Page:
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The Wayfinders: Why Ancient Wisdom Matters in the Modern World

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For many years and over many continents, anthropologist Wade Davis has chronicled the lives, languages, and customs of the globe’s last remaining aboriginal peoples. The outlook is bleak on all counts. Of the approximately 7,000 languages presently spoken, 3,500 face extinction in our lifetime. When the last speaker of a given language vanishes, so will the last vestiges of a culture.

In The Wayfinders, this year’s instalment of CBC’s Massey Lectures, Davis describes several groups he has come to know, peoples who live so closely with the natural world that they can hardly discern a border between the human and the non-human, animate and inanimate. Their art and myths afford outsiders a glimpse of an alternative to the dominant social paradigm that began with Cartesian thought in Europe and eventually spread around the globe. Today, this way of seeing the world is so pervasive that most people probably aren’t aware alternatives exist at all. Such ignorance could prove damaging to the future of life on this planet. If biodiversity and the peoples best equipped to understand it disappear, alternative sustainable lifestyles may vanish along with them. The earth’s ongoing viability requires a spectrum of wildlife and a wide range of human perception. Or, as Davis puts it, “The ethnosphere is humanity’s greatest legacy.”

The author of The Serpent and the Rainbow and The Clouded Leopard, Davis writes powerfully and emotionally. Our materialistic worldview unwisely marginalizes spiritual and intrinsic values, he says. “We take this as a given for it is the foundation of our system.… But if you think about it, especially from the perspective of so many other cultures … it appears to be very odd and highly anomalous human behaviour.” It’s this very behaviour that has created depleted fisheries, toxic pollution, and environmental refugees. Davis argues persuasively that our curent patterns of thought and behaviour could do with input from elsewhere. He urges us to assimilate some valuable lessons from the planet’s ancient cultures before it is too late.


Every culture is a unique answer to a fundamental question: What does it mean to be human and alive? Anthropologist and National Geographic Explorer-in-Residence Wade Davis leads us on a thrilling journey to celebrate the wisdom of the world’s indigenous cultures.

In Polynesia we set sail with navigators whose ancestors settled the Pacific ten centuries before Christ. In the Amazon we meet the descendants of a true Lost Civilization, the people of the Anaconda. In the Andes we discover that the Earth really is alive, while in the far reaches of Australia we experience Dreamtime, the all-embracing philosophy of the first humans to walk out of Africa. We then travel to Nepal, where we encounter a wisdom hero, a Bodhisattva, who emerges from forty-five years of Buddhist retreat and solitude. And finally we settle in Borneo, where the last rainforest nomads struggle to survive.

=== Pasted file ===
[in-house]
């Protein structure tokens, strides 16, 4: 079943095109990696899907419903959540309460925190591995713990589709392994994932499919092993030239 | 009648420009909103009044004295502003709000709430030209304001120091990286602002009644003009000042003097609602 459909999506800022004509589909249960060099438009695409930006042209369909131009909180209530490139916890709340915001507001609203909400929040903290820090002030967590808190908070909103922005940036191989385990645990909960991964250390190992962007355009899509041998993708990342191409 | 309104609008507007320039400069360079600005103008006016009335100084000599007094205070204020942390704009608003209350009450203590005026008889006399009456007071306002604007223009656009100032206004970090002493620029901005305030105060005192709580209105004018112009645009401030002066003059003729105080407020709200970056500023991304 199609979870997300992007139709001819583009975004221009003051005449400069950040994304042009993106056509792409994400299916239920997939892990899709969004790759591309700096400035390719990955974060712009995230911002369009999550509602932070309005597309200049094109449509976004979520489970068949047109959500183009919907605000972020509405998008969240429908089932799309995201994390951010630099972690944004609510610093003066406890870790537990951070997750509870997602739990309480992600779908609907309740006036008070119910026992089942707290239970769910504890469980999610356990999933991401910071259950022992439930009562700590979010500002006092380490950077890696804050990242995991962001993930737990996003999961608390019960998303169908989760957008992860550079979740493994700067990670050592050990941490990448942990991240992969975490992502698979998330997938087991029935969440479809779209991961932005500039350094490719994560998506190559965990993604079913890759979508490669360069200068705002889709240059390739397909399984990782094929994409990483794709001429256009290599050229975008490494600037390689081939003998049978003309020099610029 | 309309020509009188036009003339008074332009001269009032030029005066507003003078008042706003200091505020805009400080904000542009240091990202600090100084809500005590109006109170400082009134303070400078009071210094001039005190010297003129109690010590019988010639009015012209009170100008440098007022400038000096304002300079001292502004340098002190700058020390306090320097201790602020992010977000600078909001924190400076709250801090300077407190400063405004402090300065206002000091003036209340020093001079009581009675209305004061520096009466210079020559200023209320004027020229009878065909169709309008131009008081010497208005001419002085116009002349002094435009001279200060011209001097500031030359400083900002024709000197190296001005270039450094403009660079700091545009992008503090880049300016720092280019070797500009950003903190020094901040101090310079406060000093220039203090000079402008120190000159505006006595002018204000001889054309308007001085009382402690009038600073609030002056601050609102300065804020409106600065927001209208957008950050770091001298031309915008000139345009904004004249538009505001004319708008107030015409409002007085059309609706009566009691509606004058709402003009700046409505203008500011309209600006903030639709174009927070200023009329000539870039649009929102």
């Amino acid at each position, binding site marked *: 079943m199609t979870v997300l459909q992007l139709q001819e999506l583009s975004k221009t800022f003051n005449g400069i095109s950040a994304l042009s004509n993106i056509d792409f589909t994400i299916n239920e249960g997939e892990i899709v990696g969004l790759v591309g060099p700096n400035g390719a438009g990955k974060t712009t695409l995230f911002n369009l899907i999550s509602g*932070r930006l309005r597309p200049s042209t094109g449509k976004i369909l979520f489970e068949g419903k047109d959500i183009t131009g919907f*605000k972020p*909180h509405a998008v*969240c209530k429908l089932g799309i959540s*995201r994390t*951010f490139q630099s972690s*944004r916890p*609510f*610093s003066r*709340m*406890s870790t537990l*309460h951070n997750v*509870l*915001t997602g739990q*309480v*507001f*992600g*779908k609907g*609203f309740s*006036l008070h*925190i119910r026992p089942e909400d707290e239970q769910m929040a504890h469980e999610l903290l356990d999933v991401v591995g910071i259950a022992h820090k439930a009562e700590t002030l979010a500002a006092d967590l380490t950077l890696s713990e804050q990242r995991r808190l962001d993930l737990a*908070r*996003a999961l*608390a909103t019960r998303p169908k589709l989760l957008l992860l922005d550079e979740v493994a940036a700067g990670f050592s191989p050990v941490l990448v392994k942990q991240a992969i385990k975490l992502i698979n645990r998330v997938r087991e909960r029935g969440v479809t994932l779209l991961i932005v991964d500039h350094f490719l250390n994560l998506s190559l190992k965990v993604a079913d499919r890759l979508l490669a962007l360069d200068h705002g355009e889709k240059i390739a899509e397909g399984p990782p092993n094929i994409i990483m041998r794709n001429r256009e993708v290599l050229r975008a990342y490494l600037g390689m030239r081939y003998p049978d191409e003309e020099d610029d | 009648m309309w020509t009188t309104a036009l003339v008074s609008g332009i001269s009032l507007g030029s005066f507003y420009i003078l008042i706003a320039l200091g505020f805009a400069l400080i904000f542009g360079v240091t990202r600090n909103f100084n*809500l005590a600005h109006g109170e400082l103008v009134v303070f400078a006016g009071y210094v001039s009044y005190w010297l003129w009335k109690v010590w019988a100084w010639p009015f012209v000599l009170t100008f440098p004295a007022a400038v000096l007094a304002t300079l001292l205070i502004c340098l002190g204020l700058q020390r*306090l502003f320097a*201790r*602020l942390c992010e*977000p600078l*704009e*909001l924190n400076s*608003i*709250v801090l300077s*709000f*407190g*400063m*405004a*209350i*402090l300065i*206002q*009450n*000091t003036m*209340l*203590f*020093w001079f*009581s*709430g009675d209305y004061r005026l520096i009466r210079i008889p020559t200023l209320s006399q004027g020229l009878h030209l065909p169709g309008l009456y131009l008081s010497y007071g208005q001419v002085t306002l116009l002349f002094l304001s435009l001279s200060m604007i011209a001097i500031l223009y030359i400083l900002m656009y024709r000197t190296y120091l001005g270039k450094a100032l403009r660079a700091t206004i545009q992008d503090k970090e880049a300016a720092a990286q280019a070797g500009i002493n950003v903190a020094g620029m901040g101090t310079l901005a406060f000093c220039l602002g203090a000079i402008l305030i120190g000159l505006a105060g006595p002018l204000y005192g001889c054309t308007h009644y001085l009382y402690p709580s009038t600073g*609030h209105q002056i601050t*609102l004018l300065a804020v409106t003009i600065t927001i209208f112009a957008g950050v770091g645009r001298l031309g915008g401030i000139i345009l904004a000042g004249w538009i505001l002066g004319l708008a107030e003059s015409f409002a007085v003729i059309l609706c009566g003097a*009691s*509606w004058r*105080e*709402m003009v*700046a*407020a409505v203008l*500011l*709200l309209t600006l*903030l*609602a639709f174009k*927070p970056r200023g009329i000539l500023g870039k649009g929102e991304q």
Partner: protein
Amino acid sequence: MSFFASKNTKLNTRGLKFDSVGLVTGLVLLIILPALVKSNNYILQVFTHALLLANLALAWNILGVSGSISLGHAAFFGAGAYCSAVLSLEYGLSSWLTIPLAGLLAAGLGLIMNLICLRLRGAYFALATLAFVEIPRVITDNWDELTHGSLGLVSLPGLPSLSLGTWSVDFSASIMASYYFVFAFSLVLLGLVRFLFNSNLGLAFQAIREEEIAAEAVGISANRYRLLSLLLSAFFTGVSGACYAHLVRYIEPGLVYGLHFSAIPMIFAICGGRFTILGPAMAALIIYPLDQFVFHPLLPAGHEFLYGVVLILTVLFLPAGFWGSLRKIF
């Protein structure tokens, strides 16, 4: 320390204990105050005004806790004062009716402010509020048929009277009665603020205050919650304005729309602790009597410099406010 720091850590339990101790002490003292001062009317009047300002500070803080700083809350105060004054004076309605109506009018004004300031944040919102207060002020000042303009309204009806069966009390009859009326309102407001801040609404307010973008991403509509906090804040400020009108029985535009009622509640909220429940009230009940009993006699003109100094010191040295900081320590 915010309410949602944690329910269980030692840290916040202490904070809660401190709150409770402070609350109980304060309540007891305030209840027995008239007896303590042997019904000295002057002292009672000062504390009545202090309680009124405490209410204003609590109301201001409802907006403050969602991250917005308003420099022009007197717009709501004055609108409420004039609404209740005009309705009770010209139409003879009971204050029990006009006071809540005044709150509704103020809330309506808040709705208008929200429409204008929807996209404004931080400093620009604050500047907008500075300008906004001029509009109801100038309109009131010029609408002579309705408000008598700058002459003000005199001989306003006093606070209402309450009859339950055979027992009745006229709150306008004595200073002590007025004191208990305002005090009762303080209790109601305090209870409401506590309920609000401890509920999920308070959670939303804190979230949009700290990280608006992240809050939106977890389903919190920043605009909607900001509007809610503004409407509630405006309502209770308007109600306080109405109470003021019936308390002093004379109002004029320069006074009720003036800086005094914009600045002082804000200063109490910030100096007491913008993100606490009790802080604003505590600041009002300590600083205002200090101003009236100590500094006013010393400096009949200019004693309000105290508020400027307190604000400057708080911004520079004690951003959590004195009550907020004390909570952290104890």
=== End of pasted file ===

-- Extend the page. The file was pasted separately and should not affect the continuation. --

Understanding the lessons of this journey will be our mission for the next century. For at risk is the human legacy — a vast archive of knowledge and expertise, a catalogue of the imagination. Rediscovering a new appreciation for the diversity of the human spirit, as expressed by culture, is among the central challenges of our time.


WADE DAVIS is the bestselling author of several books, including The Serpent and the Rainbow, Light at the Edge of the World, and One River. He is an award-winning anthropologist, ethnobotanist, filmmaker, and photographer. Davis currently holds the post of National Geographic Explorer-in-Residence, and divides his time between Washington, D.C. and northern British Columbia.


Wade Davis - The Wayfinders.mp4
Published Date: 01/16/2010 | Length: 55:33

Anthropologist and author, Wade Davis, delivers the 2009 Massey Lecture The Wayfinders: Why Ancient Wisdom Matters in the Modern World. Davis explores the importance of the myriad and diverse cultures of the world and the impact on all of us when a culture disappears.


Wade Davis - Endangered Cultures.mp4

Duration: 0:22:01
Dimensions: 850x480
Audio: 125kbps 48 kHz
Size: 298mb